Maybe he’s tipping his pitches.

      Brenly and Bart are referring to the humidor being used this year. Apparently the balls aren’t traveling as far as they usta did.

      Ryu didn’t finish 4. If you aren’t going to use your long man then, it means you could easily use 5 to get to Jansen. This is how this team is built. Don’t be surprised to see the pen a lot this year. This isn’t just Roberts. It’s the FAZ construct.

      1. Badger
        Both HRs Kershaw has allowed were hit way out. I guess the Humidor isn’t working too good on their left handed hitters. A couple of the Dodger hitters really hit the ball hard and they died.

    2. Package

      Pitch to contact is better, if you are not giving up hard contact, because that allows a pitcher to throw less pitches, and can keep a pitcher in the game longer.

      Strike outs, take a lot more pitches.

    1. Package

      After that happened, I thought of you, at least Kershaw’s velocity is back up.

      I remember a time that Kershaw wouldn’t give up a hit to a leftie hitter, and that was only two or three years ago, so these two HRs from lefties is unusual.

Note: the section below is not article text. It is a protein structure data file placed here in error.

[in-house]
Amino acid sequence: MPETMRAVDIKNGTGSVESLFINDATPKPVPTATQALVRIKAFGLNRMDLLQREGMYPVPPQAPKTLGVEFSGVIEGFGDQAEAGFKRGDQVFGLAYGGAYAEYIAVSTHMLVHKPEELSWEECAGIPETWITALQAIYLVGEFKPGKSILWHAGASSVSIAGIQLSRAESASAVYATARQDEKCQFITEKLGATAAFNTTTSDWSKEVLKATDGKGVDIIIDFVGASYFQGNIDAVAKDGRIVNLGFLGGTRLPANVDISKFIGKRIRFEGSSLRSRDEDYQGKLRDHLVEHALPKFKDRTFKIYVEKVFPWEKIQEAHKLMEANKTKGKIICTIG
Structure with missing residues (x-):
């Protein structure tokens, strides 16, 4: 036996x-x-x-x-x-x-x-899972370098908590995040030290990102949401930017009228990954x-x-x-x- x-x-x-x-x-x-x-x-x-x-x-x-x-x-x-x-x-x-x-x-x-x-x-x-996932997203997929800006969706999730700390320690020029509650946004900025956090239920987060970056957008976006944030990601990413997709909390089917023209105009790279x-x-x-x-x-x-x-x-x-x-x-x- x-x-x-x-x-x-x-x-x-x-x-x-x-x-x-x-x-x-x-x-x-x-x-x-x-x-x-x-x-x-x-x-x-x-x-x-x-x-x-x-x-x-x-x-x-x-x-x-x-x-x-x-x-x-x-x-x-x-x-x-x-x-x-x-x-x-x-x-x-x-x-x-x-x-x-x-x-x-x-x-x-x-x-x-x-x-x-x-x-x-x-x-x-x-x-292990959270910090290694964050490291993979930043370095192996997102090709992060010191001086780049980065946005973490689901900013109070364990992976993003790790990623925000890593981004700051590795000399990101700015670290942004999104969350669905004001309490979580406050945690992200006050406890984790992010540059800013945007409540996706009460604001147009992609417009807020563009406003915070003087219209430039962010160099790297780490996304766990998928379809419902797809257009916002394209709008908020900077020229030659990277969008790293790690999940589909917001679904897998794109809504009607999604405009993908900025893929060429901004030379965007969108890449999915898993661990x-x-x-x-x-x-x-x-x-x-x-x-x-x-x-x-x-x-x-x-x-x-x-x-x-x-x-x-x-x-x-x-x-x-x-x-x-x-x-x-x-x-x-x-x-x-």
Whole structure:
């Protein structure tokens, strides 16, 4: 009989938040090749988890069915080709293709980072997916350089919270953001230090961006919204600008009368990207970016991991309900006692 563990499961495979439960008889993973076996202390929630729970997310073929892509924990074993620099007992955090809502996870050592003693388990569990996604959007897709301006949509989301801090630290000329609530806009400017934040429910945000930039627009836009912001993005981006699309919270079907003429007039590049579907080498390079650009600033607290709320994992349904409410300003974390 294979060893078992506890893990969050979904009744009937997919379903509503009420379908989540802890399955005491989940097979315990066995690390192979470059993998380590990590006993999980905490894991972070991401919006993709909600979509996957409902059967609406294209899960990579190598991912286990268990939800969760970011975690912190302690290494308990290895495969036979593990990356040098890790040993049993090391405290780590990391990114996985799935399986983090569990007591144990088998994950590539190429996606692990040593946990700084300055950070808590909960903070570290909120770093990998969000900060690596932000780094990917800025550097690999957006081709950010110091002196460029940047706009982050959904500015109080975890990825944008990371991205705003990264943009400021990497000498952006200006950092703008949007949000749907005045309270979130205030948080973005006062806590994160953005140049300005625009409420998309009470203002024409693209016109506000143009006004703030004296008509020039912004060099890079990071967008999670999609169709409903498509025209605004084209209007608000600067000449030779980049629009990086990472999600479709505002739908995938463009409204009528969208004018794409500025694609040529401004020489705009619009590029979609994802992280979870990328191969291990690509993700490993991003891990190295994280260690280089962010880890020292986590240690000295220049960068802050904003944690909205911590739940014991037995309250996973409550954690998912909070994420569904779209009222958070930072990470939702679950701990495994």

4. I believe Sherzer gave up the most HRs in the National League, and he actually won the Cy Young that year, because of all his other numbers.

  5. I think it is a little too early to close the curtains on Kershaw and Kenley. Just their muscle memories are probably good for some wins this year.

    This was a typical under-achieving loss that the bats should share in. We can’t put all the blame on the pitching, although putting Alexander in was a questionable call to me. Kershaw can certainly pitch longer and would have had a chance for a win. Unless he pulled himself out, you let him keep the ball.

    1. It took Kershaw 97 pitches to get through 6. It took Alexander 27 to get one out.

      Put this one in the rear view mirror and move on.